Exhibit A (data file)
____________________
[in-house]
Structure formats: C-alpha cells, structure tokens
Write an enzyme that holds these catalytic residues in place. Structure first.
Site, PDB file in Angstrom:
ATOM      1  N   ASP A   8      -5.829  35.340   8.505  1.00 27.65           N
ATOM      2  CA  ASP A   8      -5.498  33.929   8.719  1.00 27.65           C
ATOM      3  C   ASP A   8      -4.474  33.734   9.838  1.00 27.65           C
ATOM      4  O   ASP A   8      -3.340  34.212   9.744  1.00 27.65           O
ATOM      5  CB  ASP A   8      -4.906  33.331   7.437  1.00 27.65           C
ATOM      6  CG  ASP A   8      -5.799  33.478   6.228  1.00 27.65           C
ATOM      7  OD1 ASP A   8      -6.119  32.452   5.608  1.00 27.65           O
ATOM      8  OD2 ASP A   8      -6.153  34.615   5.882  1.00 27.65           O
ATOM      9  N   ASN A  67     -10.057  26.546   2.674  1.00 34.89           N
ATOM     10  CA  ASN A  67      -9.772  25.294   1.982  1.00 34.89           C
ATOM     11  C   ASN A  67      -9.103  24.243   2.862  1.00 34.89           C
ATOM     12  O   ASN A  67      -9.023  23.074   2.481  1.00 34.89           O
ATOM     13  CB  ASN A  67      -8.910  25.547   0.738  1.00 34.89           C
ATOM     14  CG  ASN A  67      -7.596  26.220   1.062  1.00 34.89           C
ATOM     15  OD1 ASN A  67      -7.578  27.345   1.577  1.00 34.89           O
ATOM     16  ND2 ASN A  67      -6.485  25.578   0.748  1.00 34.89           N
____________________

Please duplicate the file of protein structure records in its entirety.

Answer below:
[in-house]
Structure formats: C-alpha cells, structure tokens
Write an enzyme that holds these catalytic residues in place. Structure first.
Site, PDB file in Angstrom:
ATOM      1  N   ASP A   8      -5.829  35.340   8.505  1.00 27.65           N
ATOM      2  CA  ASP A   8      -5.498  33.929   8.719  1.00 27.65           C
ATOM      3  C   ASP A   8      -4.474  33.734   9.838  1.00 27.65           C
ATOM      4  O   ASP A   8      -3.340  34.212   9.744  1.00 27.65           O
ATOM      5  CB  ASP A   8      -4.906  33.331   7.437  1.00 27.65           C
ATOM      6  CG  ASP A   8      -5.799  33.478   6.228  1.00 27.65           C
ATOM      7  OD1 ASP A   8      -6.119  32.452   5.608  1.00 27.65           O
ATOM      8  OD2 ASP A   8      -6.153  34.615   5.882  1.00 27.65           O
ATOM      9  N   ASN A  67     -10.057  26.546   2.674  1.00 34.89           N
ATOM     10  CA  ASN A  67      -9.772  25.294   1.982  1.00 34.89           C
ATOM     11  C   ASN A  67      -9.103  24.243   2.862  1.00 34.89           C
ATOM     12  O   ASN A  67      -9.023  23.074   2.481  1.00 34.89           O
ATOM     13  CB  ASN A  67      -8.910  25.547   0.738  1.00 34.89           C
ATOM     14  CG  ASN A  67      -7.596  26.220   1.062  1.00 34.89           C
ATOM     15  OD1 ASN A  67      -7.578  27.345   1.577  1.00 34.89           O
ATOM     16  ND2 ASN A  67      -6.485  25.578   0.748  1.00 34.89           N